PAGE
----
Conn. mayor was warned about officer's poor health before his hiring


By Richard Weizel
Connecticut Post Online

STRATFORD, Conn. — When Stratford Police Officer Justin LoSchiavo crashed his patrol car into another vehicle on June 6, it provoked a chorus of questions about how a cop with a history of seizure disorders was hired in the first place.

Documents and interviews obtained by the Connecticut Post reveal:
• LoSchiavo, son of the city's recently retired deputy police chief, suffers from seizures, including one he had during another accident in 2004, before he was hired;
• A doctor evaluated LoSchiavo when he applied to the force in 2005 and found him unfit to serve as a police officer because of his medical condition. He was rejected for hiring at that time, despite a threat of a possible lawsuit from his father, then Police Lt. Joseph LoSchiavo, who was later named deputy chief;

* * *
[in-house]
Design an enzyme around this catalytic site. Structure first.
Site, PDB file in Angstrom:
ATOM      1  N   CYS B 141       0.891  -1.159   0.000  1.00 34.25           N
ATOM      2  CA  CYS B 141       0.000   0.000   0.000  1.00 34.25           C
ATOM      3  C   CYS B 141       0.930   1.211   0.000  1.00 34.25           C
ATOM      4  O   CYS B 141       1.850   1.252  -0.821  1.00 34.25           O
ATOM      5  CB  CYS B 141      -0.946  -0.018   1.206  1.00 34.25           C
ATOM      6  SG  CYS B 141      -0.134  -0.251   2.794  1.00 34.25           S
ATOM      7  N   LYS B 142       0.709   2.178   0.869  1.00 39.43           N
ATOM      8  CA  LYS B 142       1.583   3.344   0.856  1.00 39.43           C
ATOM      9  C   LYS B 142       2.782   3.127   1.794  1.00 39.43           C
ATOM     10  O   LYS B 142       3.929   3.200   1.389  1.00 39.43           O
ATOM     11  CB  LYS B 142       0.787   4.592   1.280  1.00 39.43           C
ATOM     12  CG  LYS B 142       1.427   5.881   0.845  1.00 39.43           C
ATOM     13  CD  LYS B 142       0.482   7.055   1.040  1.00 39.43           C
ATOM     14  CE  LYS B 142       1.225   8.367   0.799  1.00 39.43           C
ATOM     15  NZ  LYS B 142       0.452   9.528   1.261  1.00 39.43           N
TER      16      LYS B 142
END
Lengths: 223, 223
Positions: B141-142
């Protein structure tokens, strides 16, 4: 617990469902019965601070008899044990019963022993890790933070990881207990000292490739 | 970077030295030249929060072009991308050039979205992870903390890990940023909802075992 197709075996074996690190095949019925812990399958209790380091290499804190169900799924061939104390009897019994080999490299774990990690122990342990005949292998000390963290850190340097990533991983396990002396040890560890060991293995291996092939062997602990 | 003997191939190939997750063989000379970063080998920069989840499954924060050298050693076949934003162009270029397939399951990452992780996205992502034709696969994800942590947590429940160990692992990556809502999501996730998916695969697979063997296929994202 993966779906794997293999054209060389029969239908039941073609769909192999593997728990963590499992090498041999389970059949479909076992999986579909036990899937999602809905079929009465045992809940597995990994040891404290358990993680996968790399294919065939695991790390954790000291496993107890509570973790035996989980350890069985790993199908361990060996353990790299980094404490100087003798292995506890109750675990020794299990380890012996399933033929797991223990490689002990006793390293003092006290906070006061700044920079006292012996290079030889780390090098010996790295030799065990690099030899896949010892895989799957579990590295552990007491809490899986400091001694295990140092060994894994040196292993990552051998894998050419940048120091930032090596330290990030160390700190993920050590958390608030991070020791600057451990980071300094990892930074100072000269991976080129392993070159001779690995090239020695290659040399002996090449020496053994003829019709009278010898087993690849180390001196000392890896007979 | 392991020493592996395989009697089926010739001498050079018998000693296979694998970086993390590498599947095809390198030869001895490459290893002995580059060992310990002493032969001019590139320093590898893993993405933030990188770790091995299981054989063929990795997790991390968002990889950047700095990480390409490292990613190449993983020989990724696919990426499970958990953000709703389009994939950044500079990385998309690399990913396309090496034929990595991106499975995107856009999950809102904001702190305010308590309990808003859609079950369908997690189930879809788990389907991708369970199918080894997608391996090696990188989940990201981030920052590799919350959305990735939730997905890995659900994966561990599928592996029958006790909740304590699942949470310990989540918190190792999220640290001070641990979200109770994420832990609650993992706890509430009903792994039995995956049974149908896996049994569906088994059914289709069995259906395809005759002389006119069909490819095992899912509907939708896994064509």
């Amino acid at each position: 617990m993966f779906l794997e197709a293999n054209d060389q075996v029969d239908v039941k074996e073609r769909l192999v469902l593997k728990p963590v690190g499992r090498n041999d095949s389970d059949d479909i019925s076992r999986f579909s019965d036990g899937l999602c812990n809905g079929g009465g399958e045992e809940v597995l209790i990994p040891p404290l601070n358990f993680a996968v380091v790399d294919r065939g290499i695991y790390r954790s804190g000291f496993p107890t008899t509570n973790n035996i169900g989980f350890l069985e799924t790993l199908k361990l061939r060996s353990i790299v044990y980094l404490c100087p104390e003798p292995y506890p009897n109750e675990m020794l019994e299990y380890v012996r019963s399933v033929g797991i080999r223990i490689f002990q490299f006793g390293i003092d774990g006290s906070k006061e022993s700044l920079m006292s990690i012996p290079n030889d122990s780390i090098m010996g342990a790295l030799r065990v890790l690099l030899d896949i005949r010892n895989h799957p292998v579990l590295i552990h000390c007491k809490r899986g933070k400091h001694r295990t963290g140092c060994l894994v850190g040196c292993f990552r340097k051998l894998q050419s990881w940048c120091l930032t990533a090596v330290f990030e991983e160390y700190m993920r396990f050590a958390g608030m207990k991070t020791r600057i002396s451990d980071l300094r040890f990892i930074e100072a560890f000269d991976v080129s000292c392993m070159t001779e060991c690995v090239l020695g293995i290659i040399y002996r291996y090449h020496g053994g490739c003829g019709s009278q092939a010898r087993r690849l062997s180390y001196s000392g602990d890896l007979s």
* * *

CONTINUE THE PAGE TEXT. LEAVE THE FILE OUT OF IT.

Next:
• Joseph LoSchiavo later ordered another prehiring investigation, advising the investigator not to contact any doctors;
• Justin LoSchiavo's own doctor warned him not to "perform any activity which could cause serious injury" if he lost consciousness;
• Mayor James R. Miron disregarded warnings from then-Police Chief Michael Imbro and former Chief Administrative Officer Ben Branyan, hired LoSchiavo in June 2006 over their objections.

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Full story: Conn. mayor was warned about officer's poor health before his hiring

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